If you have used part of the dwelling as your own home and the rest as a taxable rental dwelling, each part must be considered separately. Gains on the sale of the rental part are taxable. Gains on the sale of the part that you use as your own home will be taxable if you haven't lived there for 12 of the past 24 months and/or owned it for less than one year.
How do I enter this in my tax return?
You must state the municipality to which the property belongs, the holding number (gårdsnummer), subholding number (bruksnummer) and the calculated gain. To help you calculate the gain/loss, you can use form RF-1318 Skjema for salg av bolig, fritidsbolig eller tomt (Sale of property, holiday home or plot - in Norwegian only). This form should not be attached to the tax return, but it can be sent to the tax office if a more detailed explanation is requested concerning how the gain/loss was calculated.
Calculating gains on the sale of real property
You can calculate the gain as follows:
If the result is negative, you must enter it under item 3.3.6 as a deduction. If it is positive, enter it under item 2.8.4 as a gain.
The input value is the amount you paid for the property when you purchased it or the value of the property when you inherited it. In addition, you can add certain expenses that are attributable to the purchase of the property, such as:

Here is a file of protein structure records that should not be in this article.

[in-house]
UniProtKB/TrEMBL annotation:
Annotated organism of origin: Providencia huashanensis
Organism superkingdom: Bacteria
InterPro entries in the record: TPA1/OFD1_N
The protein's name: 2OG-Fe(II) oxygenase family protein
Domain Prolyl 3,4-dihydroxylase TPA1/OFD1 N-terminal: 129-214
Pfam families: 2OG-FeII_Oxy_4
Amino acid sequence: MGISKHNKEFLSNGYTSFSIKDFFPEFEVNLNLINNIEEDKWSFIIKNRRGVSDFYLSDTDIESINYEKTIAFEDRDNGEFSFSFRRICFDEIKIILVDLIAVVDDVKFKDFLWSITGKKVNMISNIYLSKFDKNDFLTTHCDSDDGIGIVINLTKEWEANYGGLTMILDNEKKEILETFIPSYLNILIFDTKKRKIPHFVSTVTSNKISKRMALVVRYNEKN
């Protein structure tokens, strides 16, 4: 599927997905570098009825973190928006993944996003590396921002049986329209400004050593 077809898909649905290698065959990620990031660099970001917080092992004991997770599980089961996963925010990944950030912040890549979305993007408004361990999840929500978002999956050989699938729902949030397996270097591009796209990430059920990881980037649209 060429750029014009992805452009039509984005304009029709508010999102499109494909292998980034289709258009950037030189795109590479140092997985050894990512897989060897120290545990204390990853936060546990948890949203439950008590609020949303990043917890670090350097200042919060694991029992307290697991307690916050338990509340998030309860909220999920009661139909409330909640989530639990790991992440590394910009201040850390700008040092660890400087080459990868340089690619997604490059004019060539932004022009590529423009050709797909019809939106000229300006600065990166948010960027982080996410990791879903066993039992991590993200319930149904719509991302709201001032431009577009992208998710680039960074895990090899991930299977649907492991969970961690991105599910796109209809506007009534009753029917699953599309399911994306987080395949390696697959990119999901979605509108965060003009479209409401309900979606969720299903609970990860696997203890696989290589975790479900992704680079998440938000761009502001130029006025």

- estate agent expenses
- improvements (excluding maintenance)
- document tax
- registration fees
|hat you paid for the property/value upon inheritance|
|+||expenses in connection with the purchase/takeover|
If you built the property yourself, the cost price will form the basis for the input value. This covers both the expenses attributable to construction of the property and the costs of purchasing and preparing the plot for construction. The value of your own work linked to newbuilds or improvements can also be added to the input value. The value of your own work should be set to what it would have cost to have work of the same quality performed by others. The hourly rate for non-tradesmen must generally be set lower than what a tradesman would have charged, e.g. to the hourly rate for unskilled labour. You find the rates on the Norwegian Labour Inspection Authority’s website. (Note that the value of your own work must be recognised as income in the year in which the work is performed. Exceptions apply of course to work that you do on your own home or holiday home in your spare time).
If you inherited the property after 2014, the basis for the input value will be either the testator’s input value (in the case of continuity) or the estimated market value at the time you inherited the property (in the case of discontinuity). The market value at the time of inheritance will form the basis for the input value if the testator met the residential and ownership period requirements at the time of inheritance, and the property is a residential property or a holiday property. More information about discontinuity and continuity.
The output value is the value for which you sell the property. Costs linked to the sale, e.g. estate agent's commission, advertising costs, etc. reduces the output value.
You do not need to send us any documentation of your gain calculation, but you must be able to present documentation and/or the gain calculation if we ask to. This aslo applies to the documentation of purchases, expenses, improvements and expenses.